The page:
September 6, 2012

MBF September Picks

Everyone wants to understand how to predict the future. With businesses changing so quickly and new innovations hitting the marketplace everyday (or less), the retail industry is more unpredictable than ever. However, looking directly at what is happening today, there are a few trends that may hold the key to the future direction of retail.

Look at how much New York City has evolved over the past few years. The infamous 5th Ave used to solely be lined with luxury shops like Prada, Gucci, Chanel, and Bergdorf Goodman. Now, the major shopping destination is graced with everything from Abercrombie & Fitch to Zara. Many contemporary shops have infiltrated Madison Ave as well, like Proenza Schouler and Rag & Bone, who are just a few among nearly 50 stores who have opened in the last year and a half. This explains the unfolding of a new customer who wants to fill his or her closet with a mix of high and low fashion.

video via Clean Technica

Last week, we spoke about how many retailers are downsizing to fit into smaller spaces. However, this shift in updating store designs goes even further with Puma's sustainable store in India and Restoration Hardware positioning itself as a showroom. Is this shift towards eco-friendly elements like solar power, rooftop gardens, and recycled wood just the beginning? Will retail shops cease stocking merchandise and producing actual sales in store, to eventually become mere "touch and feel" establishments? If this happens, brick and mortar retailers will be able to compete with online merchants by shipping products directly to customers at cost. Not to mention, more easily re-merchandise the entire store and lessen the need to have warehouses nearby to replenish stock.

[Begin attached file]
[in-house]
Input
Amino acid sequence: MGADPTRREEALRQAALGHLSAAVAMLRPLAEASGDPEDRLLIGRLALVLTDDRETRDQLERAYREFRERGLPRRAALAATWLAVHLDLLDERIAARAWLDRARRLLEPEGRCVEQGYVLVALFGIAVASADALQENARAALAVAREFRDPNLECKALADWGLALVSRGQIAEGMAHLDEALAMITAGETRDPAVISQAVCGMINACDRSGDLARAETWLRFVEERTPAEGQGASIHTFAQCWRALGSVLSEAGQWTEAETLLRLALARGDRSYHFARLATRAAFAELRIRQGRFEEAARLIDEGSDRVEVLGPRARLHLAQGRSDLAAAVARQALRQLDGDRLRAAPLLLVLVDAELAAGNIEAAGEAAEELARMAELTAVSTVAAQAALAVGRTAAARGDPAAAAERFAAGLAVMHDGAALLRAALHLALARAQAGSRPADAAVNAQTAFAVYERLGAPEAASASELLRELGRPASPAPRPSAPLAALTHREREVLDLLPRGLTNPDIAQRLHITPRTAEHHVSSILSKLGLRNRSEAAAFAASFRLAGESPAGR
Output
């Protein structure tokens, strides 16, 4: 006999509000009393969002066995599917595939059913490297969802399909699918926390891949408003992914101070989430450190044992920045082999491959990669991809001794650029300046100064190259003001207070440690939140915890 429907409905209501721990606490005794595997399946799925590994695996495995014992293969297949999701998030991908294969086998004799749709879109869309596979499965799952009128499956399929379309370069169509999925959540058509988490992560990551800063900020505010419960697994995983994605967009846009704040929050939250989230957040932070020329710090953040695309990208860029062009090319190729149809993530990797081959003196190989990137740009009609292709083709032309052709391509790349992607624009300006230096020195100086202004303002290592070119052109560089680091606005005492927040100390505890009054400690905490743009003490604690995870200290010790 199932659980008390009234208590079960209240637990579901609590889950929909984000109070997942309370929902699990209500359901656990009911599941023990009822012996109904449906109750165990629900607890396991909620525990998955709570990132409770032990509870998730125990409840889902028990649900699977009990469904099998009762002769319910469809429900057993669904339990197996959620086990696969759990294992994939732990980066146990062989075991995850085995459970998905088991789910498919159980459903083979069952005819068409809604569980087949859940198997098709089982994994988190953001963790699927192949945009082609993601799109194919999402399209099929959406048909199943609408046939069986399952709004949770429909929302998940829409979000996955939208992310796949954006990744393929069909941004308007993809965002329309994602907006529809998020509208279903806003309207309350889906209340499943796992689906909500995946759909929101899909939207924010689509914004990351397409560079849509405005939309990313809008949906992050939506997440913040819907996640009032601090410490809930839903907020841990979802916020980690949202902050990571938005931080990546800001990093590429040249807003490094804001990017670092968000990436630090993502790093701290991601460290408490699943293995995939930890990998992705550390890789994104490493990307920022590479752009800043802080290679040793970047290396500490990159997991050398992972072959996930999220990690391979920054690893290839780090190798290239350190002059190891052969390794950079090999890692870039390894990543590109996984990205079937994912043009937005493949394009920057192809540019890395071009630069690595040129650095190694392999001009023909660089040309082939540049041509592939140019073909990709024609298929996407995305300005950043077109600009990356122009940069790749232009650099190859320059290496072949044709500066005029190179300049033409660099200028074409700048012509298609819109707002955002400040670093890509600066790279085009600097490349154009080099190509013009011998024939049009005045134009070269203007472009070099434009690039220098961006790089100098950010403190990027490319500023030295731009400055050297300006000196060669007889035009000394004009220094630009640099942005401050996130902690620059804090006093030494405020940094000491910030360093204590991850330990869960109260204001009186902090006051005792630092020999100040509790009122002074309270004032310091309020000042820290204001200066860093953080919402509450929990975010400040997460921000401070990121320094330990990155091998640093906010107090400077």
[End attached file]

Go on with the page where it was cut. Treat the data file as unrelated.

video via

While traditional brick and mortar operations are evolving to try and keep up, online retailers are still one step ahead. just relaunched their website, modernizing to a super stylish new layout that features model Xiao Wen Ju wearing a digital dress on the homepage. But wait, it gets even better! The e-commerce retailer is also initiating Speak & Shop voice recognition software that allows customers to shop online by simply talking to the computer. Not only does this technology simplify browsing, but acknowledges up to eight different languages.

photo via ecouterre

Speaking of digital technology, after spending time at tradeshows in both the U.S. and Europe this past July, we can affirm it's all about digital printing. And with Constrvct, a new online tool, anyone can create a made-to-order t-shirt or dress with any image they want. It's even predicted that one day, people will have affordable at home 3D printers to produce their own clothing, towels, and utensils.

photo via NY Times